Although important in some instances – such as farming where they control the population of other harmful pest insects – wasps are very dangerous when they show up at your home.
Wasps are dangerous because they sting. And unlike bees that only sting once, wasps can sting repeatedly. To some people, this sting could be lethal causing serious symptoms that could be fatal.
Different wasp species come in different colours and sizes. There are a few features however that are common to all species: A pinched waist, the petiole, which joins the first and second segments of the wasp’s body; and a pointed lower abdomen.
All wasps fall into one of two groups depending on their social behaviour: solitary wasps and social wasps. Solitary wasps don’t form colonies and generally live alone. Social wasps, on the other hand, form large colonies that could number to thousands. It is this large number of stinging insects that cause alarm when social wasps construct their nest in or around your home.
The wasp’s lifecycle
After mating, the female wasp stores the sperm inside her body and controls the sperms’ release for each individual egg as she lays it. This means that the female wasp has complete control of its offspring’s sex. The fertilized eggs hatch into females while the unfertilized eggs hatch into males also known as drones.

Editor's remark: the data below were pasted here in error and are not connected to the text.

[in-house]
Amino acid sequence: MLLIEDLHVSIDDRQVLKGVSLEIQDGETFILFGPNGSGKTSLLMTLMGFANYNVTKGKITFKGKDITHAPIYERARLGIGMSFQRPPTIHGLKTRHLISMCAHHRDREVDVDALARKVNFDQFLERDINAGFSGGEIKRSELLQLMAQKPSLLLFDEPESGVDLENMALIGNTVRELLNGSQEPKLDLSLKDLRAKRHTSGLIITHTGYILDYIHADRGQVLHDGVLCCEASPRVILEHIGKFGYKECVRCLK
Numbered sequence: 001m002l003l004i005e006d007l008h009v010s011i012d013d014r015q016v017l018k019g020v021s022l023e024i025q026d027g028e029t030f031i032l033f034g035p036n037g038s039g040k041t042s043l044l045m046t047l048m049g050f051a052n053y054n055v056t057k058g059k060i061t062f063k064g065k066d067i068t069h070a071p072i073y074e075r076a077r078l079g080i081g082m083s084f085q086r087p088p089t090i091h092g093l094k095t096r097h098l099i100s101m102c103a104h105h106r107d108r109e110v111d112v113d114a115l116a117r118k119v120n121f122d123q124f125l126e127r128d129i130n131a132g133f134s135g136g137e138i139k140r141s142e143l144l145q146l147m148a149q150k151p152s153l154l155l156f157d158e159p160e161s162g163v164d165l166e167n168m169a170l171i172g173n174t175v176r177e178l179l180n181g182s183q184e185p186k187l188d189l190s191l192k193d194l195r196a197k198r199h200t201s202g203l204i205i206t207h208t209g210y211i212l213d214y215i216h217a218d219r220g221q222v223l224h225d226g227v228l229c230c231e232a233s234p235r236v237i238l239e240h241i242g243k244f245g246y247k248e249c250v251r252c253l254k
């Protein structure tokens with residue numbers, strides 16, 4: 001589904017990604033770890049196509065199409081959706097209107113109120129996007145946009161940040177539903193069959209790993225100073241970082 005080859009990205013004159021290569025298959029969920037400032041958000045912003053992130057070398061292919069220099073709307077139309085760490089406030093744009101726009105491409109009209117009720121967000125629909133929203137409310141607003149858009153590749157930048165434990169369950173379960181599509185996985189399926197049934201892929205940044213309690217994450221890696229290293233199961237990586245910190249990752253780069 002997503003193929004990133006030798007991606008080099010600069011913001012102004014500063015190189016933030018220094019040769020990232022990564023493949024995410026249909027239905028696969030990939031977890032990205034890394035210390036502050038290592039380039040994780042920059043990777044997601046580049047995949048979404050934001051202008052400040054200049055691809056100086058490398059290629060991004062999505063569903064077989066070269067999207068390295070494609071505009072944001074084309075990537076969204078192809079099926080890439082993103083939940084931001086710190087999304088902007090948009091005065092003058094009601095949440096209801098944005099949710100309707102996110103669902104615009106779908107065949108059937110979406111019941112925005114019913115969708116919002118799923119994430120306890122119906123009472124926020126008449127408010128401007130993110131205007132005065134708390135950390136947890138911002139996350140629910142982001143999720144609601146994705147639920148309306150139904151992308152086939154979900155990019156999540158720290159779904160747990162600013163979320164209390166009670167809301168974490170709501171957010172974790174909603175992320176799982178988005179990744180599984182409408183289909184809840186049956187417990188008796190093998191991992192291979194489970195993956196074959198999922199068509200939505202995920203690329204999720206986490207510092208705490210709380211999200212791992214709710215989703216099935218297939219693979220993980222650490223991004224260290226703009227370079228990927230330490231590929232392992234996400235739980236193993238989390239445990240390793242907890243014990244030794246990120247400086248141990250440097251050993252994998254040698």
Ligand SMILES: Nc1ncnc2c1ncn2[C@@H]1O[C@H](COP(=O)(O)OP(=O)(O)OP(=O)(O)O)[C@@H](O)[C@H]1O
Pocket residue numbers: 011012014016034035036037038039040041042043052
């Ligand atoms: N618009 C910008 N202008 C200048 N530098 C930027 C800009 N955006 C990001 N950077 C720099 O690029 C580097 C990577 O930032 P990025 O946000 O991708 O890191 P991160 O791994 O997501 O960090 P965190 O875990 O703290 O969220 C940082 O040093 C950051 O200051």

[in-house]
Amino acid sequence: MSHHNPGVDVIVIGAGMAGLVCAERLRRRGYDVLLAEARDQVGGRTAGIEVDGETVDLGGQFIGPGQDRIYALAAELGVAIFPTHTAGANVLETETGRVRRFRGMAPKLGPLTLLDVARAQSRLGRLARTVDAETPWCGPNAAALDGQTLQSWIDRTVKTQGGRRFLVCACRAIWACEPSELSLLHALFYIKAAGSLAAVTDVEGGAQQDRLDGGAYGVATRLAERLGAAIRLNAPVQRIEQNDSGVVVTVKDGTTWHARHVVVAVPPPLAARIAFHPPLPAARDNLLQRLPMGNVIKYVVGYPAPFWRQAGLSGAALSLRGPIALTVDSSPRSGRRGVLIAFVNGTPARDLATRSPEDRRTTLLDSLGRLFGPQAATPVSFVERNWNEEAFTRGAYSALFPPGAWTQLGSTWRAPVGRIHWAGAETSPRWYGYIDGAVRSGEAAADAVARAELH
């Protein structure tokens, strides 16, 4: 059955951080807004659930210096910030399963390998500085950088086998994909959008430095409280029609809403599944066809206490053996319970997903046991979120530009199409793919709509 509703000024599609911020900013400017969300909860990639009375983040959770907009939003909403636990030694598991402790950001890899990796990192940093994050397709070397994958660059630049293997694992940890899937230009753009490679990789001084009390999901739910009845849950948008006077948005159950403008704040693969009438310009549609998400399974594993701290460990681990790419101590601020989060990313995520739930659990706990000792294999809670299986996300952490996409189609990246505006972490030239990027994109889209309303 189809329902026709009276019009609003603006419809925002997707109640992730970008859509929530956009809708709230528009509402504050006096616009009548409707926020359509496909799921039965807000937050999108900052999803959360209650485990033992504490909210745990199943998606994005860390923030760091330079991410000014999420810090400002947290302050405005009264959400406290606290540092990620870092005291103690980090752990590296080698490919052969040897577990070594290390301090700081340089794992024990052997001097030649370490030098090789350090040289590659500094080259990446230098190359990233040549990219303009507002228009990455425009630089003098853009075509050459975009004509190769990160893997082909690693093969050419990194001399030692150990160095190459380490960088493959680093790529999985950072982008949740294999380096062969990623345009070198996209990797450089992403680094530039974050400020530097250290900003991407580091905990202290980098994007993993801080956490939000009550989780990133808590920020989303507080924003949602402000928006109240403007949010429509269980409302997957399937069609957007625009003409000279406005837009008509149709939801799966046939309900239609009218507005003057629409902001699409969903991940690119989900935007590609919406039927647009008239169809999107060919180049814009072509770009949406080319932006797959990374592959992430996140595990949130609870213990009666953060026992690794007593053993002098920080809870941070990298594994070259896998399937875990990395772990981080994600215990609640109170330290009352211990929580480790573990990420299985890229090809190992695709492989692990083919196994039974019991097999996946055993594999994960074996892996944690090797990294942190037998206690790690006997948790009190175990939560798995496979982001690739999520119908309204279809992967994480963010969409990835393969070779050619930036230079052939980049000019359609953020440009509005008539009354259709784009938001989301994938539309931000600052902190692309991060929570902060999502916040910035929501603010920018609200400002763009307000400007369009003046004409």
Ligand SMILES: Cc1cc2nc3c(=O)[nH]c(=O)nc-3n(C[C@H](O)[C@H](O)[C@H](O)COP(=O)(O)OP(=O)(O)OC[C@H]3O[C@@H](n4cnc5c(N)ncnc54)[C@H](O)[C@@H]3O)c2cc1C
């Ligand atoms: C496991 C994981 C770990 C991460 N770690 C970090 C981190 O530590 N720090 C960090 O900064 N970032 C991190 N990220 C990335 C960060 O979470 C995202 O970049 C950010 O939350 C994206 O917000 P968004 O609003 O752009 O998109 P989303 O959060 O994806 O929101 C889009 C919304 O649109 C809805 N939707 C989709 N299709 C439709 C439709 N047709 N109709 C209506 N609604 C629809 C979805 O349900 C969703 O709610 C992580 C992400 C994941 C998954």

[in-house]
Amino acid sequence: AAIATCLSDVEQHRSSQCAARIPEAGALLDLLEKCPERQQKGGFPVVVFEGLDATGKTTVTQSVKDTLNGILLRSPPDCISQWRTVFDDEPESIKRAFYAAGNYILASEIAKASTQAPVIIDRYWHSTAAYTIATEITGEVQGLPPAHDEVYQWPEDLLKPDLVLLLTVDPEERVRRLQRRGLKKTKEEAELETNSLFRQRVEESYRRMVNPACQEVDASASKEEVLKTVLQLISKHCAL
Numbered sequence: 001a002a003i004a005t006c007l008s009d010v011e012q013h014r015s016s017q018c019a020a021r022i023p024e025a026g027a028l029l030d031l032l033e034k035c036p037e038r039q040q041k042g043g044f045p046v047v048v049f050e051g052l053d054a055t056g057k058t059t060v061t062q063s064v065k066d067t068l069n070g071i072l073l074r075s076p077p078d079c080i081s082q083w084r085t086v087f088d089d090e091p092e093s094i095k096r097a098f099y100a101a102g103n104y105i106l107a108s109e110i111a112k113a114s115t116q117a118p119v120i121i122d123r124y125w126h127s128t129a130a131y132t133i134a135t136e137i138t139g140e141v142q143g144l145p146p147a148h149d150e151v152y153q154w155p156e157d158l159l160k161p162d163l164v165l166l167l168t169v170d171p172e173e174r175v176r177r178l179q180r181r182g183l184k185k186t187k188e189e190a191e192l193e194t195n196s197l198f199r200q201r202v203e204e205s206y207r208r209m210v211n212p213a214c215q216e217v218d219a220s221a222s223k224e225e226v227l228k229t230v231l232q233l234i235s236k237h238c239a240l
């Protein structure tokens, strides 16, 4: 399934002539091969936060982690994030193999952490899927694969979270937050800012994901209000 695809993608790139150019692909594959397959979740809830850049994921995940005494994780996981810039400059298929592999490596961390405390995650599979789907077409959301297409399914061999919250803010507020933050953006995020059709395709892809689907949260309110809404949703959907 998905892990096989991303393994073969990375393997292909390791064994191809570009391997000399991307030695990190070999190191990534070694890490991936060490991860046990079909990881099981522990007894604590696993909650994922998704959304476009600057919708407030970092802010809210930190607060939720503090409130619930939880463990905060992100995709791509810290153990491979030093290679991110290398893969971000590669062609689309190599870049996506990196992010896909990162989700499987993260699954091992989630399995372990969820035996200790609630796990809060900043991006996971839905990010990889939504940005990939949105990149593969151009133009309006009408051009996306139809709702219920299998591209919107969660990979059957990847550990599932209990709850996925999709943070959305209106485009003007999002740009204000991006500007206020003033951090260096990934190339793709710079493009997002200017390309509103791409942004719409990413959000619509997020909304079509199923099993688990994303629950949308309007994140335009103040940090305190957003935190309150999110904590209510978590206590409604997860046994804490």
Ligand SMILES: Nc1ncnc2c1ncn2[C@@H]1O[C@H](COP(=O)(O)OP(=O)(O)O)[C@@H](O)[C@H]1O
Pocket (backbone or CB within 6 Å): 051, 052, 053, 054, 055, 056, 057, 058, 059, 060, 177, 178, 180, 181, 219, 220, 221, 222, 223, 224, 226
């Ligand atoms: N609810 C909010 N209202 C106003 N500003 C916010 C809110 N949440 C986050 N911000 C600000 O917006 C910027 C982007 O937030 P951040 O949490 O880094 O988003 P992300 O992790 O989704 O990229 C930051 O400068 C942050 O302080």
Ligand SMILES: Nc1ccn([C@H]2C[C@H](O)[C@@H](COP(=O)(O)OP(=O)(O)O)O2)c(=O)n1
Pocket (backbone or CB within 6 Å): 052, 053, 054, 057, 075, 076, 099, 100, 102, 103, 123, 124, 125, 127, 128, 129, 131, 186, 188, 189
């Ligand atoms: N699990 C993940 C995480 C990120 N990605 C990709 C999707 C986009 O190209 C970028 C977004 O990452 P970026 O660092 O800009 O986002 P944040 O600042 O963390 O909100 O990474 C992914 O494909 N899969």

A colony is usually started by one female wasp; the queen.
Once she identifies a suitable spot, she will construct a rudimentary nest roughly the size of a walnut using saliva and chewed wood. It is here that she will lay her first eggs. These eggs will hatch into larvae which the queen will feed with dead insects.
The feeding relationship between the queen and her larvae is quite interesting. The queen feeds the larvae, and then the larvae feed her in return.
How, you ask? Well, once the larvae feed on the dead insects that the queen provides, they excrete a sweet substance as waste that the queen feeds on.
When mature enough, the larvae will transition into the pupal stage also known as the ‘resting stage’. After they have fully developed, they will emerge as adults. Females produced from the first batch of eggs will take over nest construction duties and caring for the queen’s larvae.
Queens live for about twelve months while ordinary females live for about 30 days.
If wasps are persistently getting into your house, then it most likely means that there is a wasp nest near your home.
Follow the flight path of returning insects to identify the location of their nests. Once you identify the location of the wasp nest, then you can take action.